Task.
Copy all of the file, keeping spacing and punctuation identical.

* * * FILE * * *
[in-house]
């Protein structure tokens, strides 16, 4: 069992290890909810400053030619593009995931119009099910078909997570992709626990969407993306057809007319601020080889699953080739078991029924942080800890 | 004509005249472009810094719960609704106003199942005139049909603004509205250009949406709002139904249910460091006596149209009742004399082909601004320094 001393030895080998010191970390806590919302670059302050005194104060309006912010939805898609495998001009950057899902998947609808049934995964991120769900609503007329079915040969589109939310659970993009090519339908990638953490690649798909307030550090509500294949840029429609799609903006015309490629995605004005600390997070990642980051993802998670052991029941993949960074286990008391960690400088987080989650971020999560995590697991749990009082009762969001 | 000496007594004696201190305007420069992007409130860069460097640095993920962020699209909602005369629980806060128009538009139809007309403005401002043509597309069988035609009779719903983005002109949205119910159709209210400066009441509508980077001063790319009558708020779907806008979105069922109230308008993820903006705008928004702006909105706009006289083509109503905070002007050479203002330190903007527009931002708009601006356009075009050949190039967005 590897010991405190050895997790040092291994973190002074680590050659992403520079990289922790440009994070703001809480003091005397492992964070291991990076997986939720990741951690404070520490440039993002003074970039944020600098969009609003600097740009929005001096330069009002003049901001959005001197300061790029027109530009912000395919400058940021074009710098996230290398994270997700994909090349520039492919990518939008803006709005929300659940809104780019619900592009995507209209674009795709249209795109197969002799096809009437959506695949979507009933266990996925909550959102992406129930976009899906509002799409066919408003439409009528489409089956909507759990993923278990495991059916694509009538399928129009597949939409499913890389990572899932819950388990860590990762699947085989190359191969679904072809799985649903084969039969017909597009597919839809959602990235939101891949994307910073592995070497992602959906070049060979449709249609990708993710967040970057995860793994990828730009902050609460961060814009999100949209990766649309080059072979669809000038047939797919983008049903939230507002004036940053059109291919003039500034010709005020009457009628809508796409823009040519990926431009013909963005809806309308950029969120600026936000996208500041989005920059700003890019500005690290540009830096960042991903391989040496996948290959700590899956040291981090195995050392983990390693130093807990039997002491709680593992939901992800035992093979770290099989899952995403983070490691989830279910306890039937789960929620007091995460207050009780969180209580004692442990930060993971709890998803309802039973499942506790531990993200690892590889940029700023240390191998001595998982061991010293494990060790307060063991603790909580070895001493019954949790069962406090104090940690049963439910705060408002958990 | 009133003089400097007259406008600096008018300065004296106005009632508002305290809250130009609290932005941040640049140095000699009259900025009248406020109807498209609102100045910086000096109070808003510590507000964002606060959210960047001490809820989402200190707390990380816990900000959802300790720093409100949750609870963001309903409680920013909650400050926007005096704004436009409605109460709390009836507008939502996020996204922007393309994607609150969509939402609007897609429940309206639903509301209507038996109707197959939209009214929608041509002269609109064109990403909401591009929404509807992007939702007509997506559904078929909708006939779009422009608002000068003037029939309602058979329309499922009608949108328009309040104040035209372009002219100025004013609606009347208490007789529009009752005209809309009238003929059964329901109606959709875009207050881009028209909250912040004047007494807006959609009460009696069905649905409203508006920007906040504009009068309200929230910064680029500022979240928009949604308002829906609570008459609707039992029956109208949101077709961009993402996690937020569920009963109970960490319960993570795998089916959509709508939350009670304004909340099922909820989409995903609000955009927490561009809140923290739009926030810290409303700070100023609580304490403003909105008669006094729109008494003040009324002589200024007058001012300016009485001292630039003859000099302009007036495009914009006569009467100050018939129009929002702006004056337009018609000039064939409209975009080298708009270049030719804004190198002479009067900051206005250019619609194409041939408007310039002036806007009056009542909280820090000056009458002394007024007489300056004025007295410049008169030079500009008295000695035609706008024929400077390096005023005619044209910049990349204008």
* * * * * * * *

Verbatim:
[in-house]
């Protein structure tokens, strides 16, 4: 069992290890909810400053030619593009995931119009099910078909997570992709626990969407993306057809007319601020080889699953080739078991029924942080800890 | 004509005249472009810094719960609704106003199942005139049909603004509205250009949406709002139904249910460091006596149209009742004399082909601004320094 001393030895080998010191970390806590919302670059302050005194104060309006912010939805898609495998001009950057899902998947609808049934995964991120769900609503007329079915040969589109939310659970993009090519339908990638953490690649798909307030550090509500294949840029429609799609903006015309490629995605004005600390997070990642980051993802998670052991029941993949960074286990008391960690400088987080989650971020999560995590697991749990009082009762969001 | 000496007594004696201190305007420069992007409130860069460097640095993920962020699209909602005369629980806060128009538009139809007309403005401002043509597309069988035609009779719903983005002109949205119910159709209210400066009441509508980077001063790319009558708020779907806008979105069922109230308008993820903006705008928004702006909105706009006289083509109503905070002007050479203002330190903007527009931002708009601006356009075009050949190039967005 590897010991405190050895997790040092291994973190002074680590050659992403520079990289922790440009994070703001809480003091005397492992964070291991990076997986939720990741951690404070520490440039993002003074970039944020600098969009609003600097740009929005001096330069009002003049901001959005001197300061790029027109530009912000395919400058940021074009710098996230290398994270997700994909090349520039492919990518939008803006709005929300659940809104780019619900592009995507209209674009795709249209795109197969002799096809009437959506695949979507009933266990996925909550959102992406129930976009899906509002799409066919408003439409009528489409089956909507759990993923278990495991059916694509009538399928129009597949939409499913890389990572899932819950388990860590990762699947085989190359191969679904072809799985649903084969039969017909597009597919839809959602990235939101891949994307910073592995070497992602959906070049060979449709249609990708993710967040970057995860793994990828730009902050609460961060814009999100949209990766649309080059072979669809000038047939797919983008049903939230507002004036940053059109291919003039500034010709005020009457009628809508796409823009040519990926431009013909963005809806309308950029969120600026936000996208500041989005920059700003890019500005690290540009830096960042991903391989040496996948290959700590899956040291981090195995050392983990390693130093807990039997002491709680593992939901992800035992093979770290099989899952995403983070490691989830279910306890039937789960929620007091995460207050009780969180209580004692442990930060993971709890998803309802039973499942506790531990993200690892590889940029700023240390191998001595998982061991010293494990060790307060063991603790909580070895001493019954949790069962406090104090940690049963439910705060408002958990 | 009133003089400097007259406008600096008018300065004296106005009632508002305290809250130009609290932005941040640049140095000699009259900025009248406020109807498209609102100045910086000096109070808003510590507000964002606060959210960047001490809820989402200190707390990380816990900000959802300790720093409100949750609870963001309903409680920013909650400050926007005096704004436009409605109460709390009836507008939502996020996204922007393309994607609150969509939402609007897609429940309206639903509301209507038996109707197959939209009214929608041509002269609109064109990403909401591009929404509807992007939702007509997506559904078929909708006939779009422009608002000068003037029939309602058979329309499922009608949108328009309040104040035209372009002219100025004013609606009347208490007789529009009752005209809309009238003929059964329901109606959709875009207050881009028209909250912040004047007494807006959609009460009696069905649905409203508006920007906040504009009068309200929230910064680029500022979240928009949604308002829906609570008459609707039992029956109208949101077709961009993402996690937020569920009963109970960490319960993570795998089916959509709508939350009670304004909340099922909820989409995903609000955009927490561009809140923290739009926030810290409303700070100023609580304490403003909105008669006094729109008494003040009324002589200024007058001012300016009485001292630039003859000099302009007036495009914009006569009467100050018939129009929002702006004056337009018609000039064939409209975009080298708009270049030719804004190198002479009067900051206005250019619609194409041939408007310039002036806007009056009542909280820090000056009458002394007024007489300056004025007295410049008169030079500009008295000695035609706008024929400077390096005023005619044209910049990349204008």